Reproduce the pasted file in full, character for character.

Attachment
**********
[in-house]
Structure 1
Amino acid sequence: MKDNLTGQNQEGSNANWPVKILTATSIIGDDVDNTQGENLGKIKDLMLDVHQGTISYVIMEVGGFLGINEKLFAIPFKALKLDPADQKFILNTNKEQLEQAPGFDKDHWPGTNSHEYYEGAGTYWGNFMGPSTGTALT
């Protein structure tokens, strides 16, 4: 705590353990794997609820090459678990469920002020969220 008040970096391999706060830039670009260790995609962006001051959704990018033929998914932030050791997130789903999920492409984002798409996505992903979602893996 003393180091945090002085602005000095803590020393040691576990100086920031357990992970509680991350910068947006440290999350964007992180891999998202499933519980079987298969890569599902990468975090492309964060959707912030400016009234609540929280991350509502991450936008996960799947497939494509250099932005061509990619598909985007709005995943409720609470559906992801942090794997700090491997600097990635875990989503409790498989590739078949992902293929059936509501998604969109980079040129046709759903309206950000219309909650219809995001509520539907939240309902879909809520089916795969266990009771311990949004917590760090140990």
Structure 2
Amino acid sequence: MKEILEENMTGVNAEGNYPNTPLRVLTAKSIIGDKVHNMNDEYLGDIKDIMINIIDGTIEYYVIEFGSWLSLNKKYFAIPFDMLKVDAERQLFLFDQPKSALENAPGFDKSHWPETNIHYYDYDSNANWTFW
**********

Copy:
[in-house]
Structure 1
Amino acid sequence: MKDNLTGQNQEGSNANWPVKILTATSIIGDDVDNTQGENLGKIKDLMLDVHQGTISYVIMEVGGFLGINEKLFAIPFKALKLDPADQKFILNTNKEQLEQAPGFDKDHWPGTNSHEYYEGAGTYWGNFMGPSTGTALT
């Protein structure tokens, strides 16, 4: 705590353990794997609820090459678990469920002020969220 008040970096391999706060830039670009260790995609962006001051959704990018033929998914932030050791997130789903999920492409984002798409996505992903979602893996 003393180091945090002085602005000095803590020393040691576990100086920031357990992970509680991350910068947006440290999350964007992180891999998202499933519980079987298969890569599902990468975090492309964060959707912030400016009234609540929280991350509502991450936008996960799947497939494509250099932005061509990619598909985007709005995943409720609470559906992801942090794997700090491997600097990635875990989503409790498989590739078949992902293929059936509501998604969109980079040129046709759903309206950000219309909650219809995001509520539907939240309902879909809520089916795969266990009771311990949004917590760090140990």
Structure 2
Amino acid sequence: MKEILEENMTGVNAEGNYPNTPLRVLTAKSIIGDKVHNMNDEYLGDIKDIMINIIDGTIEYYVIEFGSWLSLNKKYFAIPFDMLKVDAERQLFLFDQPKSALENAPGFDKSHWPETNIHYYDYDSNANWTFW